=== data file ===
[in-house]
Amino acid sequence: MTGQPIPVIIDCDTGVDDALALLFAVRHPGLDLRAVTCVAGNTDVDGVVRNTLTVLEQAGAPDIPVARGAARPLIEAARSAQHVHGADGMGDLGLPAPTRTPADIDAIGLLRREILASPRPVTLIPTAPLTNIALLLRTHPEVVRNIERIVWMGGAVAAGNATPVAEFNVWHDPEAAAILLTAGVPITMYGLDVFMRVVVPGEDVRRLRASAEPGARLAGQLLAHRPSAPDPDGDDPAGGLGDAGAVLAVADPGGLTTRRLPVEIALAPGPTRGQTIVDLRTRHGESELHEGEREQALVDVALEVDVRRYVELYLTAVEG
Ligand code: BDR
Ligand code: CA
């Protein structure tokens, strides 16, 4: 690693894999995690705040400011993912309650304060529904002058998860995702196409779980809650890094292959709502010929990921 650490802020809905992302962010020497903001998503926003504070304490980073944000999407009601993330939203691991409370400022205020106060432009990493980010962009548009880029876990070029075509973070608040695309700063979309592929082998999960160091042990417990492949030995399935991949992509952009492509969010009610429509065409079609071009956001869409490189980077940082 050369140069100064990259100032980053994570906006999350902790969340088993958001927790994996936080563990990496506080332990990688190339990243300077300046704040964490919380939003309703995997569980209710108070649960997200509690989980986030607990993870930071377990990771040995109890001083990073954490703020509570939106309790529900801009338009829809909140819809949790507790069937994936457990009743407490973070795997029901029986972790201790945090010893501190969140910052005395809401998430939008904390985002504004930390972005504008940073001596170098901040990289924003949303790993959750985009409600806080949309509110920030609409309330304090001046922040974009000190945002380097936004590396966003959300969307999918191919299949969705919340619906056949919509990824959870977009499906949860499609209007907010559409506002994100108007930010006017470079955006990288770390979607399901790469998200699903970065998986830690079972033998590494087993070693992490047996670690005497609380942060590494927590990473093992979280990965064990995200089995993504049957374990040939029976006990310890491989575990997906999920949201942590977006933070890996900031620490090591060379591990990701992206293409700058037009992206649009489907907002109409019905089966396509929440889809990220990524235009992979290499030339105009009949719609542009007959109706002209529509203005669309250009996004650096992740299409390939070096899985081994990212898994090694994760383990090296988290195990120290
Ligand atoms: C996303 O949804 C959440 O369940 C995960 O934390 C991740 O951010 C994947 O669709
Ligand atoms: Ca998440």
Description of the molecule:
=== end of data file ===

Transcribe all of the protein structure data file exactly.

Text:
[in-house]
Amino acid sequence: MTGQPIPVIIDCDTGVDDALALLFAVRHPGLDLRAVTCVAGNTDVDGVVRNTLTVLEQAGAPDIPVARGAARPLIEAARSAQHVHGADGMGDLGLPAPTRTPADIDAIGLLRREILASPRPVTLIPTAPLTNIALLLRTHPEVVRNIERIVWMGGAVAAGNATPVAEFNVWHDPEAAAILLTAGVPITMYGLDVFMRVVVPGEDVRRLRASAEPGARLAGQLLAHRPSAPDPDGDDPAGGLGDAGAVLAVADPGGLTTRRLPVEIALAPGPTRGQTIVDLRTRHGESELHEGEREQALVDVALEVDVRRYVELYLTAVEG
Ligand code: BDR
Ligand code: CA
């Protein structure tokens, strides 16, 4: 690693894999995690705040400011993912309650304060529904002058998860995702196409779980809650890094292959709502010929990921 650490802020809905992302962010020497903001998503926003504070304490980073944000999407009601993330939203691991409370400022205020106060432009990493980010962009548009880029876990070029075509973070608040695309700063979309592929082998999960160091042990417990492949030995399935991949992509952009492509969010009610429509065409079609071009956001869409490189980077940082 050369140069100064990259100032980053994570906006999350902790969340088993958001927790994996936080563990990496506080332990990688190339990243300077300046704040964490919380939003309703995997569980209710108070649960997200509690989980986030607990993870930071377990990771040995109890001083990073954490703020509570939106309790529900801009338009829809909140819809949790507790069937994936457990009743407490973070795997029901029986972790201790945090010893501190969140910052005395809401998430939008904390985002504004930390972005504008940073001596170098901040990289924003949303790993959750985009409600806080949309509110920030609409309330304090001046922040974009000190945002380097936004590396966003959300969307999918191919299949969705919340619906056949919509990824959870977009499906949860499609209007907010559409506002994100108007930010006017470079955006990288770390979607399901790469998200699903970065998986830690079972033998590494087993070693992490047996670690005497609380942060590494927590990473093992979280990965064990995200089995993504049957374990040939029976006990310890491989575990997906999920949201942590977006933070890996900031620490090591060379591990990701992206293409700058037009992206649009489907907002109409019905089966396509929440889809990220990524235009992979290499030339105009009949719609542009007959109706002209529509203005669309250009996004650096992740299409390939070096899985081994990212898994090694994760383990090296988290195990120290
Ligand atoms: C996303 O949804 C959440 O369940 C995960 O934390 C991740 O951010 C994947 O669709
Ligand atoms: Ca998440």
Description of the molecule: